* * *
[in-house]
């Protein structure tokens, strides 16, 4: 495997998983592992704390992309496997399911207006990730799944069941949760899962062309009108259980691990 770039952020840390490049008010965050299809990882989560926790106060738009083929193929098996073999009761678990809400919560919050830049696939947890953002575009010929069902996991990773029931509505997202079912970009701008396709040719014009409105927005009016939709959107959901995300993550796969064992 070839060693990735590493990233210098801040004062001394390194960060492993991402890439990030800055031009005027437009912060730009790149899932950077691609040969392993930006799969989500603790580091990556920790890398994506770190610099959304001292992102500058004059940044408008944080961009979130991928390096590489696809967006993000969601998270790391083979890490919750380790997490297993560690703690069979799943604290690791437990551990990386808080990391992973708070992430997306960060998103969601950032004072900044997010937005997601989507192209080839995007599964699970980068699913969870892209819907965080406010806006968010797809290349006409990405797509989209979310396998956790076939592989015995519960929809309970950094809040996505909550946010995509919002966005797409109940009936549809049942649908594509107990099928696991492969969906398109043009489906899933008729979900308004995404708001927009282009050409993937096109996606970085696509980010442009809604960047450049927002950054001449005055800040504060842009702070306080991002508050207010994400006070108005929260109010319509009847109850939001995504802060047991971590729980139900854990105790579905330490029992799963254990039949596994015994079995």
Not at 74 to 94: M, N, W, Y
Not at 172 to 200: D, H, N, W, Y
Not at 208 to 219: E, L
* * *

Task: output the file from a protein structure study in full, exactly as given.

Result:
[in-house]
């Protein structure tokens, strides 16, 4: 495997998983592992704390992309496997399911207006990730799944069941949760899962062309009108259980691990 770039952020840390490049008010965050299809990882989560926790106060738009083929193929098996073999009761678990809400919560919050830049696939947890953002575009010929069902996991990773029931509505997202079912970009701008396709040719014009409105927005009016939709959107959901995300993550796969064992 070839060693990735590493990233210098801040004062001394390194960060492993991402890439990030800055031009005027437009912060730009790149899932950077691609040969392993930006799969989500603790580091990556920790890398994506770190610099959304001292992102500058004059940044408008944080961009979130991928390096590489696809967006993000969601998270790391083979890490919750380790997490297993560690703690069979799943604290690791437990551990990386808080990391992973708070992430997306960060998103969601950032004072900044997010937005997601989507192209080839995007599964699970980068699913969870892209819907965080406010806006968010797809290349006409990405797509989209979310396998956790076939592989015995519960929809309970950094809040996505909550946010995509919002966005797409109940009936549809049942649908594509107990099928696991492969969906398109043009489906899933008729979900308004995404708001927009282009050409993937096109996606970085696509980010442009809604960047450049927002950054001449005055800040504060842009702070306080991002508050207010994400006070108005929260109010319509009847109850939001995504802060047991971590729980139900854990105790579905330490029992799963254990039949596994015994079995």
Not at 74 to 94: M, N, W, Y
Not at 172 to 200: D, H, N, W, Y
Not at 208 to 219: E, L